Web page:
Tango Buenos Aires does justice to Argentina’s national dance, keeping true to the intimacy and lightning-quick, complex footwork that characterize tango, while amping up dances with flashier movements that play to the back row. Read the rest of this entry »

Voices Through Time: Erica Mott Gives a Multimedia History Lesson on Female Worker Rights

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Photo: StudioFilmLove

Photo: StudioFilmLove

Erica Mott’s love for performance blossomed from her work in international development and foreign diplomacy. “I was working on microeconomics and microlending in Latin America,” she says. “I found women at the forefront of both cultural and economic production. But cultural production was the driver to bringing people together. It’s what led me back to the arts.”

This background speaks to the intellectual rigor Mott applies to crafting performances; questions around politics, gender and the female body drive Mott’s work, including her most recent and ambitious vision, “3 Singers”—the title refers to both the cast members and three vintage sewing machines with which they share the stage. Mott collaborated with an impressive team to pull together sound design, video work, voice coaching and dramaturgy into a “technopera” that explores the struggle for rights of female textile workers in the pre-Civil War era, the Industrial Revolution and the present day. When asked about the subject, Mott says, “As dancers we constantly ask questions about the body. But every day I wake up and don’t ask questions about this thing I put on my body that passed through the hands of someone else. I got curious about this world that is invisible. And women are often invisible.” Read the rest of this entry »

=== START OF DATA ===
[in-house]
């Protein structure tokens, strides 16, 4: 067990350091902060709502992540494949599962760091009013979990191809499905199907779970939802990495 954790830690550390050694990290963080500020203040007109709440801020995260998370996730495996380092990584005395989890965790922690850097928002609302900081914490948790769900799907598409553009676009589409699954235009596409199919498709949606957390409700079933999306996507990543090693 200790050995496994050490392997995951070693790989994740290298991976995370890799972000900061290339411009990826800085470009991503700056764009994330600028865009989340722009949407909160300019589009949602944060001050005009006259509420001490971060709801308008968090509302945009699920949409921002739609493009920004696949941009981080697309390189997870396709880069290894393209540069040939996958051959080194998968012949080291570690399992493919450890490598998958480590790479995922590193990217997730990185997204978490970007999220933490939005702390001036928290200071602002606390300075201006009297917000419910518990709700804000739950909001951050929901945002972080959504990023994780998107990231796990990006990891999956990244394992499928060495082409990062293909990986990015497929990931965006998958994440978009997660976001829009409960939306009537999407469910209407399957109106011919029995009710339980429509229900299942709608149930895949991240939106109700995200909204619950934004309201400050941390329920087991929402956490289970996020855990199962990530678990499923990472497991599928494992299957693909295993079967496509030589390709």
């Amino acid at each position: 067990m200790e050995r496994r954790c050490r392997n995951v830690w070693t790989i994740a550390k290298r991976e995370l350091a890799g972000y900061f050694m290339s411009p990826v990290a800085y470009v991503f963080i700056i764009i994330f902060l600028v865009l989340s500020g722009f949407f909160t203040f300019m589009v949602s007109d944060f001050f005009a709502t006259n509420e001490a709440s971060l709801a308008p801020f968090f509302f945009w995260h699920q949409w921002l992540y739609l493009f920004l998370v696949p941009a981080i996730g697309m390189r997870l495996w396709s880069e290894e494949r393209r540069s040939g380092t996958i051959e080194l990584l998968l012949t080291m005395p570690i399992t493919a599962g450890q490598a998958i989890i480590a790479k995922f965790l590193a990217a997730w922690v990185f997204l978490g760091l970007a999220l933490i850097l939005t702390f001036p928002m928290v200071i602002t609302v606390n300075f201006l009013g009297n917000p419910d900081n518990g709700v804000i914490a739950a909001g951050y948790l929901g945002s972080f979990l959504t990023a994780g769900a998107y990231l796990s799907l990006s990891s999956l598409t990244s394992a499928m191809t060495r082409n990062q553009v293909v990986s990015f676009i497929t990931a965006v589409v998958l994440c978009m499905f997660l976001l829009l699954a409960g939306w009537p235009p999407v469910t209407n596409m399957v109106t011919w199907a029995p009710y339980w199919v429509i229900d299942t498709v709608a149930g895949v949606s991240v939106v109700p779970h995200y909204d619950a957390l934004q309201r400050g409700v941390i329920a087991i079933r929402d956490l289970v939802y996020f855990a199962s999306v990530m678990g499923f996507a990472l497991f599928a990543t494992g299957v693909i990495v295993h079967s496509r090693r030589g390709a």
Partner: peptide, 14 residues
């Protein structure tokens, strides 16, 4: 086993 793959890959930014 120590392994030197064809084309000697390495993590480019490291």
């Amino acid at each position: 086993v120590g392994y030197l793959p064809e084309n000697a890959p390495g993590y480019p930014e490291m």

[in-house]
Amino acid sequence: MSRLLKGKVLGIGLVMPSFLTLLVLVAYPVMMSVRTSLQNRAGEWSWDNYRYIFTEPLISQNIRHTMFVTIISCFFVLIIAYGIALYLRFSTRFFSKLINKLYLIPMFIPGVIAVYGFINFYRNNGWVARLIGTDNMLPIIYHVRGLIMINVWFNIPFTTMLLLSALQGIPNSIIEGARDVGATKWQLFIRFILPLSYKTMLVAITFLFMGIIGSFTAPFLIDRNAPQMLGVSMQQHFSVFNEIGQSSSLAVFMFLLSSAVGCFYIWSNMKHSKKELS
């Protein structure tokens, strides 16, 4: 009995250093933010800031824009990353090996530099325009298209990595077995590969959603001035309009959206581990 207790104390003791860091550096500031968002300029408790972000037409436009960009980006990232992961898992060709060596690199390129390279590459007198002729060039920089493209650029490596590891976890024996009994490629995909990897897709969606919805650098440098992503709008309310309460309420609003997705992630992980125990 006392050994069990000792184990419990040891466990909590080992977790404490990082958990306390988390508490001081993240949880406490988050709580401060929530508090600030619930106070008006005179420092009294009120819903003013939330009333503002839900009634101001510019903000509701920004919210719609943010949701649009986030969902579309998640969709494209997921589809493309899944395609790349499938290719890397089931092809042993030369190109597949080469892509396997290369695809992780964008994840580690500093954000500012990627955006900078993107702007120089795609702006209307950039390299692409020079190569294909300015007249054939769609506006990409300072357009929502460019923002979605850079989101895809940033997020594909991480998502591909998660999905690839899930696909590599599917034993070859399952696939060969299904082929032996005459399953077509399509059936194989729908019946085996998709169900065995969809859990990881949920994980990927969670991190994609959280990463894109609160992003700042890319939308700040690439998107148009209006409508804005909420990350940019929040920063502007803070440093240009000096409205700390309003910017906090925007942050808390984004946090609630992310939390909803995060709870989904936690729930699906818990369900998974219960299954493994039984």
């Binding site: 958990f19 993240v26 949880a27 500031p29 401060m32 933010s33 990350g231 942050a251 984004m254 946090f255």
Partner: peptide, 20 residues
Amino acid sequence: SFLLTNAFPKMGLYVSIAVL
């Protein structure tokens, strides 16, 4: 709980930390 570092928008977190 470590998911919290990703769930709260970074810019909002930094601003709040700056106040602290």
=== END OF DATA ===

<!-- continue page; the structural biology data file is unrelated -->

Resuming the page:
Preview: Nexus Project with Ben and Michel/Dovetail Studios

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NexusRECOMMENDED